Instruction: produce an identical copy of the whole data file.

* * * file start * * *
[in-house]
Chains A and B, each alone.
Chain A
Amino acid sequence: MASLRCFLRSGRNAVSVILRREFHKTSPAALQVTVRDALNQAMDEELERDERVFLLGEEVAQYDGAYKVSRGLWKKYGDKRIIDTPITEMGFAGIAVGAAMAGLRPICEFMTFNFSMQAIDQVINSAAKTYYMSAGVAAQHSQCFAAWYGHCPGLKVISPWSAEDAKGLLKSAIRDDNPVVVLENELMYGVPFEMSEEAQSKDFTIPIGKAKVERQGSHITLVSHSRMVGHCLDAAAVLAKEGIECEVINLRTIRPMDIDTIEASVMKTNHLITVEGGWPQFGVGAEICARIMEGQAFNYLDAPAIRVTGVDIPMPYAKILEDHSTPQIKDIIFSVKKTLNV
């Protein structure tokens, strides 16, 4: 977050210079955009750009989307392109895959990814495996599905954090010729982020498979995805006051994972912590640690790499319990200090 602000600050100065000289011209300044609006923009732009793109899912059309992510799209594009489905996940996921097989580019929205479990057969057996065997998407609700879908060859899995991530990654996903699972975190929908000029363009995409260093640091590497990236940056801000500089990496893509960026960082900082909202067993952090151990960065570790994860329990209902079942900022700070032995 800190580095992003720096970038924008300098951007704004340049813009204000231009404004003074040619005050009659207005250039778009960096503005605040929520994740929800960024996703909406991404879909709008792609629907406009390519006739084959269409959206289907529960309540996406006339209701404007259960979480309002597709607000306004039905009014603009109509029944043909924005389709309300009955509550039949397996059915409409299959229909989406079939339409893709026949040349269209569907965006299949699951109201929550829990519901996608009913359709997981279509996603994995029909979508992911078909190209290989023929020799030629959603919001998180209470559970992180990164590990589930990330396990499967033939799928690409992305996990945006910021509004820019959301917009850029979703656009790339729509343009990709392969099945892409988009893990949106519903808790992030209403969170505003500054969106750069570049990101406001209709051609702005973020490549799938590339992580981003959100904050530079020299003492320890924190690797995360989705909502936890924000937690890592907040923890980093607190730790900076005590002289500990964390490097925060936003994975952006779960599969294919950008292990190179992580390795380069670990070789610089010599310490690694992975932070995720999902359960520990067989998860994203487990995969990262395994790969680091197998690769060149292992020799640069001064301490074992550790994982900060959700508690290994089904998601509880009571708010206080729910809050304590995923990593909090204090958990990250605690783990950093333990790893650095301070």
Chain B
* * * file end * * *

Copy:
[in-house]
Chains A and B, each alone.
Chain A
Amino acid sequence: MASLRCFLRSGRNAVSVILRREFHKTSPAALQVTVRDALNQAMDEELERDERVFLLGEEVAQYDGAYKVSRGLWKKYGDKRIIDTPITEMGFAGIAVGAAMAGLRPICEFMTFNFSMQAIDQVINSAAKTYYMSAGVAAQHSQCFAAWYGHCPGLKVISPWSAEDAKGLLKSAIRDDNPVVVLENELMYGVPFEMSEEAQSKDFTIPIGKAKVERQGSHITLVSHSRMVGHCLDAAAVLAKEGIECEVINLRTIRPMDIDTIEASVMKTNHLITVEGGWPQFGVGAEICARIMEGQAFNYLDAPAIRVTGVDIPMPYAKILEDHSTPQIKDIIFSVKKTLNV
């Protein structure tokens, strides 16, 4: 977050210079955009750009989307392109895959990814495996599905954090010729982020498979995805006051994972912590640690790499319990200090 602000600050100065000289011209300044609006923009732009793109899912059309992510799209594009489905996940996921097989580019929205479990057969057996065997998407609700879908060859899995991530990654996903699972975190929908000029363009995409260093640091590497990236940056801000500089990496893509960026960082900082909202067993952090151990960065570790994860329990209902079942900022700070032995 800190580095992003720096970038924008300098951007704004340049813009204000231009404004003074040619005050009659207005250039778009960096503005605040929520994740929800960024996703909406991404879909709008792609629907406009390519006739084959269409959206289907529960309540996406006339209701404007259960979480309002597709607000306004039905009014603009109509029944043909924005389709309300009955509550039949397996059915409409299959229909989406079939339409893709026949040349269209569907965006299949699951109201929550829990519901996608009913359709997981279509996603994995029909979508992911078909190209290989023929020799030629959603919001998180209470559970992180990164590990589930990330396990499967033939799928690409992305996990945006910021509004820019959301917009850029979703656009790339729509343009990709392969099945892409988009893990949106519903808790992030209403969170505003500054969106750069570049990101406001209709051609702005973020490549799938590339992580981003959100904050530079020299003492320890924190690797995360989705909502936890924000937690890592907040923890980093607190730790900076005590002289500990964390490097925060936003994975952006779960599969294919950008292990190179992580390795380069670990070789610089010599310490690694992975932070995720999902359960520990067989998860994203487990995969990262395994790969680091197998690769060149292992020799640069001064301490074992550790994982900060959700508690290994089904998601509880009571708010206080729910809050304590995923990593909090204090958990990250605690783990950093333990790893650095301070």
Chain B